Smoked meats, sandwiches and more inspired by Texas- and Kansas City-style barbecue reign at a fast-casual “Q” destination that debuted in June in St. Louis’ Tower Grove East neighborhood: Navin’s BBQ.
The eatery, which occupies Guerrilla Street Food’s previous space, comes from owner and pitmaster Chris Armstrong, who “grew up in an Air Force family.” Armstrong spent most of his youth living in central Texas, as well as the Kansas City area, before moving to St. Louis with his wife 6½ years ago. He learned his way around a pit while living in Texas and K.C. and from picking up family traditions around the grill.
“Barbecue has always been an interest and hobby of mine that grew into a true passion,” Armstrong says. “My dad always had a Weber grill going, and my uncle was into the barbecue competition scene. He had been doing the American Royal [World Series of Barbecue] for 30 years. I joined his team to get into it and participated in the competition circuit for four to five years in the Kansas City area.”
Like many, Armstrong faced furloughs from his previous job throughout the COVID-19 pandemic. After realizing the layoffs might be permanent, he decided to leave his career in the beverage-distribution industry and lean into his love for barbecue.
What began as smoking pork butts to share with family and neighbors soon turned into continuous orders from Armstrong’s community, and his home smoker became filled with more than 150 chicken wings each week. To extend his reach, he also began offering his products in local collaborations with the metro area’s multilocation BeerSauce Shop and Blood & Sand in St. Louis’ Downtown West neighborhood.
Envisioning that his ideal barbecue restaurant would someday fill an old gas station or garage, Armstrong named Navin’s BBQ after Steve Martin’s character in the 1979 movie The Jerk – in particular, after a scene set in a St. Louis gas station garage. Although the initial iteration of his business doesn’t occupy such a space, Armstrong thought the 1,000-square-foot South Grand business district storefront would be perfect to start small and build his brand.
The counter-service restaurant seats 10 to 15 diners and has a patio for his offset all-wood Smoker Co. smoker, which he fills with oak and hickory – plus a bit of applewood for seasoning – to flavor his barbecue.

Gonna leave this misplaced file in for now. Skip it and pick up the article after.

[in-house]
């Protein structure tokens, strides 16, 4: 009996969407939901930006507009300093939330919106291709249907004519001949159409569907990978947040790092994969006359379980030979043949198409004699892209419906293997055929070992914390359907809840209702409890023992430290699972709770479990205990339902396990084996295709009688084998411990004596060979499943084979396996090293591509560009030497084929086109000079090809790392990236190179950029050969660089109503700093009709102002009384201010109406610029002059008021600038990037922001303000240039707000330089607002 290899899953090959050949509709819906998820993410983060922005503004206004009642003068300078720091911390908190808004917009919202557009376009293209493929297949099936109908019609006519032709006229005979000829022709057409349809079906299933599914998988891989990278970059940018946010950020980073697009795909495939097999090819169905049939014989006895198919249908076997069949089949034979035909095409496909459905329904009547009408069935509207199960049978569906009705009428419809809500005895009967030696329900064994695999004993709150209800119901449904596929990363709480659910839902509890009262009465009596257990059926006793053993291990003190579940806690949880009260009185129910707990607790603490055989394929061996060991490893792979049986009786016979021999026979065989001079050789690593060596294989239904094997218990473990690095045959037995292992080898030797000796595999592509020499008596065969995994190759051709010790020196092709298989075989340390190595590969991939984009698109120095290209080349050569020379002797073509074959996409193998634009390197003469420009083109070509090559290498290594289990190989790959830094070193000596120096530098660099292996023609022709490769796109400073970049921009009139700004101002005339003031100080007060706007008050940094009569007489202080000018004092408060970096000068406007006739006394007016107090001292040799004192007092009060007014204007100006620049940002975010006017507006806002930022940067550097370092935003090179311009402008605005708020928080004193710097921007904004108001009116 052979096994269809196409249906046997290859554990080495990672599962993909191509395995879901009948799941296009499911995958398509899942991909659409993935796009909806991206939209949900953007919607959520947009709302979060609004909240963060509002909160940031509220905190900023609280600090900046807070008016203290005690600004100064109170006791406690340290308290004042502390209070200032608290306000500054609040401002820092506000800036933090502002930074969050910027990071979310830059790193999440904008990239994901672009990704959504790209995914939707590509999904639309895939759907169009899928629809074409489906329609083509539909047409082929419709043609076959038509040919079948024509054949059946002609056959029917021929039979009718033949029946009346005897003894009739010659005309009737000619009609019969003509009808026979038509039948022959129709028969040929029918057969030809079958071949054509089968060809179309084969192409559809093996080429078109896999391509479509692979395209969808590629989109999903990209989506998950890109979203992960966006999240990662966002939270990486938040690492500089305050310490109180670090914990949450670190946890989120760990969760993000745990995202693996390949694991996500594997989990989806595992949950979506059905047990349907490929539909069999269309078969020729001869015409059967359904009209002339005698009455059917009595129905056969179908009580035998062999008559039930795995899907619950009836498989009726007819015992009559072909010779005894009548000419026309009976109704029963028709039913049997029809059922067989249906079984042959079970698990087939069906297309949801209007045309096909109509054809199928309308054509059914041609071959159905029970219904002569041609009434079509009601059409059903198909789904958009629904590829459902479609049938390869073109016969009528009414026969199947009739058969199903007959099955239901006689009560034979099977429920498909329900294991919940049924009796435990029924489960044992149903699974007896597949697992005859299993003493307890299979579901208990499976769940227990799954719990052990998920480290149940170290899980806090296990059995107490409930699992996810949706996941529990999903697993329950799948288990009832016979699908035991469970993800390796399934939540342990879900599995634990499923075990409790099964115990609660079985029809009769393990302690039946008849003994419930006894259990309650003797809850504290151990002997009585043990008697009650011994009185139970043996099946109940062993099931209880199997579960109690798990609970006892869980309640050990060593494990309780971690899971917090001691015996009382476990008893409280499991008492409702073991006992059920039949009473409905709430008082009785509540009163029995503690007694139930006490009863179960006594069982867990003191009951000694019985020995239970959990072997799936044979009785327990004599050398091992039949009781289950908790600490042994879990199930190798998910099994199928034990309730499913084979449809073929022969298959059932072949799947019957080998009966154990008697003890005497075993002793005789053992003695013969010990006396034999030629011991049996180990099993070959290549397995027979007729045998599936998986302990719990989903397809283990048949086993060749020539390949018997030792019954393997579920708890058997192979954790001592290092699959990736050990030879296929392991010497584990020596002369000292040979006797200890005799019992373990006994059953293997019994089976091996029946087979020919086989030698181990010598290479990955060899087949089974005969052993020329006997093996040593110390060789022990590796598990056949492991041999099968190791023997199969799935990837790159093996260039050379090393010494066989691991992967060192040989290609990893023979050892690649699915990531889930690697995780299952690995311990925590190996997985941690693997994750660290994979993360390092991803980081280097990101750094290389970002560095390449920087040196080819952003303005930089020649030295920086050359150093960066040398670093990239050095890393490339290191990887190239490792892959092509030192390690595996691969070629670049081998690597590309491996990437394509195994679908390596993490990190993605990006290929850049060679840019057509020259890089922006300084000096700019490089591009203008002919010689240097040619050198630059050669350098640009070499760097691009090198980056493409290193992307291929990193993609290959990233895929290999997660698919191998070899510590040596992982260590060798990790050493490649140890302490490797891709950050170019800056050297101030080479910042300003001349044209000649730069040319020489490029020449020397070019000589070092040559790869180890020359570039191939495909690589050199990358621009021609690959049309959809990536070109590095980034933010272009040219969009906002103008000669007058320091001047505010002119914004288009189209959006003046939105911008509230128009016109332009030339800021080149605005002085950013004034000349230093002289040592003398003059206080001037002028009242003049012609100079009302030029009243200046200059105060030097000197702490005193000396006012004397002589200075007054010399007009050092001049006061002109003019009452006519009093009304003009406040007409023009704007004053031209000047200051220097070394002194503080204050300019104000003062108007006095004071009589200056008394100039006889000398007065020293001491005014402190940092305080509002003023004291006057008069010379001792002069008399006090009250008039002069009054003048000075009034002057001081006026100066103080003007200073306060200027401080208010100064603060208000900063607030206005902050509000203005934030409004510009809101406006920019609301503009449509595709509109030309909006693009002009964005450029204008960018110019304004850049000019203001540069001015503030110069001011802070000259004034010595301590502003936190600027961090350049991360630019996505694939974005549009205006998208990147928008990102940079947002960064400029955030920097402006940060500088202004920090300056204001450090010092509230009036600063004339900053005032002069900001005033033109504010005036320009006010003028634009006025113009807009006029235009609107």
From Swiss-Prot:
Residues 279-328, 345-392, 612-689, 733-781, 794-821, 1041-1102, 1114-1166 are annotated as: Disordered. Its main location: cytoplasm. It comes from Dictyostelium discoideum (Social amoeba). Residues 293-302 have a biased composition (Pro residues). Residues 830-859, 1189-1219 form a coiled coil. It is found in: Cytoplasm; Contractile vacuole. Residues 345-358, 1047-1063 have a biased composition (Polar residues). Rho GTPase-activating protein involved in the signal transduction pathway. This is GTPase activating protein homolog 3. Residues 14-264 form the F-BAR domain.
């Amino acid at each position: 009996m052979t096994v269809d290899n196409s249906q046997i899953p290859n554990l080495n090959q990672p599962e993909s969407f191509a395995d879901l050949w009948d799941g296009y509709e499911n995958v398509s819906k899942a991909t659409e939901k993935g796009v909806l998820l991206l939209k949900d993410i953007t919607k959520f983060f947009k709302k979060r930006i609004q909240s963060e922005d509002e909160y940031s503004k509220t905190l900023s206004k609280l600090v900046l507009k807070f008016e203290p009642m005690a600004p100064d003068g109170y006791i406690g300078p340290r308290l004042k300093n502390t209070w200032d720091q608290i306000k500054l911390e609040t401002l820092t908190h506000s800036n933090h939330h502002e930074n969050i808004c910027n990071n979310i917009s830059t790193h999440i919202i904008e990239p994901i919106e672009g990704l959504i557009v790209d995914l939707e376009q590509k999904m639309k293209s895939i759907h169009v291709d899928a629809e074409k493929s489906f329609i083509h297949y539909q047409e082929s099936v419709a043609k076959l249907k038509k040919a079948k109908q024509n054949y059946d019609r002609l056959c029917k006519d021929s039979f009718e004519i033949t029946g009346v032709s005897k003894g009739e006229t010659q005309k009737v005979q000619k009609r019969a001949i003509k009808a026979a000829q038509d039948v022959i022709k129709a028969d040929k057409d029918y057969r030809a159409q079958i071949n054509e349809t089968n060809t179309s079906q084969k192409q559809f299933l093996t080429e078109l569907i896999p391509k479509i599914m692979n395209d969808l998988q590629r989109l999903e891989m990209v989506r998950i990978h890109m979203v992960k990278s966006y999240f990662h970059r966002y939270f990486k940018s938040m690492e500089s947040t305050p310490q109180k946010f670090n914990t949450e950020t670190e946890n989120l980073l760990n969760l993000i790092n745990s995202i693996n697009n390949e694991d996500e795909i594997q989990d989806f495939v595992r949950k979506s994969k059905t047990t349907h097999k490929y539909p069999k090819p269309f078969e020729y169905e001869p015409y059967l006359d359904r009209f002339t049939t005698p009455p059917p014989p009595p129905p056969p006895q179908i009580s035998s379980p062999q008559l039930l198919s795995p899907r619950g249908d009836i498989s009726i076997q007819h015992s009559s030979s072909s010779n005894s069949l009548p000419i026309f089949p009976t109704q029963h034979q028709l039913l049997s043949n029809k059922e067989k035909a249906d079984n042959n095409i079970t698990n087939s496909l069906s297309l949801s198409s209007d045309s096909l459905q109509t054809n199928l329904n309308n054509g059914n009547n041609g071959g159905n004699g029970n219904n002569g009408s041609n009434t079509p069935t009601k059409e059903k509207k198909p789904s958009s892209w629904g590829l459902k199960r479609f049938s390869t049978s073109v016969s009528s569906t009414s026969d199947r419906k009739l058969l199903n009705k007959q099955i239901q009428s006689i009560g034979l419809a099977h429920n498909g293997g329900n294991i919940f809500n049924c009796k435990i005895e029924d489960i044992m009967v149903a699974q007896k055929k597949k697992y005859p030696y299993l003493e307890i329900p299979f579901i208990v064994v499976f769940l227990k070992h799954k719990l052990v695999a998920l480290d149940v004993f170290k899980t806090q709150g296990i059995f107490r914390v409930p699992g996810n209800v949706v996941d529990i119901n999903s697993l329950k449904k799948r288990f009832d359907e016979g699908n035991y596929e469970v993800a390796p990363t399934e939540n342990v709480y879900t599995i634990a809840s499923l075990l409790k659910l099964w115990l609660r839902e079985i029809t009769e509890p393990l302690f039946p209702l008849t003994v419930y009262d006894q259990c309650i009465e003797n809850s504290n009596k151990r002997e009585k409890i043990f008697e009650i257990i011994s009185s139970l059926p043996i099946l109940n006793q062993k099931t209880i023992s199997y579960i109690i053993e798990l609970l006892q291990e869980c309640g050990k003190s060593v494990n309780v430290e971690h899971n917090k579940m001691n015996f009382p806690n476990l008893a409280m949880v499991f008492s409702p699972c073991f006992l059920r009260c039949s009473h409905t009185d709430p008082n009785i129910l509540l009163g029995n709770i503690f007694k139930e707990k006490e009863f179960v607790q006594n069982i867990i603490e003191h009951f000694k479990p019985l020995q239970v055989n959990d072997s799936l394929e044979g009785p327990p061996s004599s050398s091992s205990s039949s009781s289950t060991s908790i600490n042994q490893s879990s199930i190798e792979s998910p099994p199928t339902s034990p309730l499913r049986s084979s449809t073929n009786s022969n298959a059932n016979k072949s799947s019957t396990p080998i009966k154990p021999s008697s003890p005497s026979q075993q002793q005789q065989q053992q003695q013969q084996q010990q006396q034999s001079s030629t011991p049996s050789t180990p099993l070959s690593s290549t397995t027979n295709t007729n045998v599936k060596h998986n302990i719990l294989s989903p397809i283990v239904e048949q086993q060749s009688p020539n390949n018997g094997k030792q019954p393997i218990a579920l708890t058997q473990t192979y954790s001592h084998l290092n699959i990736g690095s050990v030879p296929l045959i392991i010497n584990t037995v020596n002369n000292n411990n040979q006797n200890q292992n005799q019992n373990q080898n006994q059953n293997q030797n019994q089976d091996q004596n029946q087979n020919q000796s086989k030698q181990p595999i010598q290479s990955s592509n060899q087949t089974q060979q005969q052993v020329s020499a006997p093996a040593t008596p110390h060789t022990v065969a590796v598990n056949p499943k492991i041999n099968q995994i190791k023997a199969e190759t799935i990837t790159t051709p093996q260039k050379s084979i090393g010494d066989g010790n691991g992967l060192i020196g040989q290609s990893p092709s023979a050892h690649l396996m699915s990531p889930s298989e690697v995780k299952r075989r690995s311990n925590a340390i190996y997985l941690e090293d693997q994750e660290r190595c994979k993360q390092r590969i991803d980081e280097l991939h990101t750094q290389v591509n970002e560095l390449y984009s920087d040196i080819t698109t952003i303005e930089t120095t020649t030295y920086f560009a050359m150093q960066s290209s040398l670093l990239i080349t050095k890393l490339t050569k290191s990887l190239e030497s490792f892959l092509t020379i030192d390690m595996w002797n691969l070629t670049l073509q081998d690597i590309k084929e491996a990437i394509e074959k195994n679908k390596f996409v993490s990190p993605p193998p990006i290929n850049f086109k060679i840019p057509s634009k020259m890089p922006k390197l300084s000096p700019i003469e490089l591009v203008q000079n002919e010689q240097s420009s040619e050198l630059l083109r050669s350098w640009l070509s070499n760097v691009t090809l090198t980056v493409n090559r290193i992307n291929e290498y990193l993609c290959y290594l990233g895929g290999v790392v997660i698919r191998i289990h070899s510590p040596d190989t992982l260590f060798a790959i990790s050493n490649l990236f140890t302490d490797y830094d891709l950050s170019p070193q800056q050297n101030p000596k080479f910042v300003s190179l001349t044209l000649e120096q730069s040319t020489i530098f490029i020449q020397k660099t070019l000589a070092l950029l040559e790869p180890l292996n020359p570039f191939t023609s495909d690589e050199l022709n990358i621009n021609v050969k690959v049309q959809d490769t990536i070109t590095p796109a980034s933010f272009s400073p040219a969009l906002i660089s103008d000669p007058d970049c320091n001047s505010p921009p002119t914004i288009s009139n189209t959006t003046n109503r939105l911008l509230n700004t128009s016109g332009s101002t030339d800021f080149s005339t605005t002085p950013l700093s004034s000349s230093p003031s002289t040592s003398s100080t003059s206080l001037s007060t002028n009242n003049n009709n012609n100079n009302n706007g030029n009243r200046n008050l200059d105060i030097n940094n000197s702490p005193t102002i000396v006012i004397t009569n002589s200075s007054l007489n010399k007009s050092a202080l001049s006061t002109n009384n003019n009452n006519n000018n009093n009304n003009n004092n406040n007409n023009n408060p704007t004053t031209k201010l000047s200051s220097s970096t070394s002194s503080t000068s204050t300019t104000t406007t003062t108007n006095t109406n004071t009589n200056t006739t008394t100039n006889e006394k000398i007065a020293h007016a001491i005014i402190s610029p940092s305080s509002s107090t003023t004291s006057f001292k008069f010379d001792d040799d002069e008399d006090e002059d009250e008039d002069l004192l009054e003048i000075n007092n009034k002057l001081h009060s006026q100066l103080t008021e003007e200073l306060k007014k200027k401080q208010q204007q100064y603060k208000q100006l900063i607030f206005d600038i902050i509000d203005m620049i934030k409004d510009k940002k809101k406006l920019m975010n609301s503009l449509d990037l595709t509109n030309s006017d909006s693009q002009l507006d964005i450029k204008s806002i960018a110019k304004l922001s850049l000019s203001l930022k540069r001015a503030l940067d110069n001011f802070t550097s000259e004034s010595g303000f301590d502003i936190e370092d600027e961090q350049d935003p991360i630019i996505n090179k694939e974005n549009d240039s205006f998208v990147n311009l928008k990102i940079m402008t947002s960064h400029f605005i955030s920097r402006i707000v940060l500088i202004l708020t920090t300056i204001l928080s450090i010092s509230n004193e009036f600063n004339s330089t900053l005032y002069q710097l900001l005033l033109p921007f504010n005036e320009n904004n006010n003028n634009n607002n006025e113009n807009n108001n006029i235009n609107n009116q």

“Our style is kind of a cross between my influences growing up in central Texas and Kansas City,” Armstrong says. “We have Texas-style sliced brisket and Kansas City burnt ends. Some things that make us unique are our pork belly burnt ends and chicken wings.”
He explains that the chicken wings, which are finished in a brown sugar-and-spice glaze on the grill, are the menu’s most elaborate item – from start to finish, they take almost 24 hours. Another unique menu item, the Texas Twinkie, involves a seeded jalapeño stuffed with cream cheese and brisket, wrapped in bacon and smoked. And his brisket re-creates his childhood favorite: a thick, tender cut with a distinct smoke ring and a bit of garlic, plus a little give so it doesn’t fall apart.
In addition to à la carte and meat-by-the-pound options, the menu at Navin’s BBQ currently features seven different sandwiches like The Jerk, made with pulled jerk chicken, pepper cheese, bacon, sweet-heat slaw, crispy onion strings and Navin’s white barbecue sauce. Vegetarian options include The ShiNOLA, also with sweet-heat slaw, collard greens, Swiss cheese and sweet pepper dressing on rye.
“St. Louis is a great food town, and there’s no shortage of good barbecue,” Armstrong says. “I hope people give us a shot and let us show them how different our take on it is.”
Navin’s BBQ, 3559 Arsenal St., St. Louis, 314-449-1185, navinsbbq.com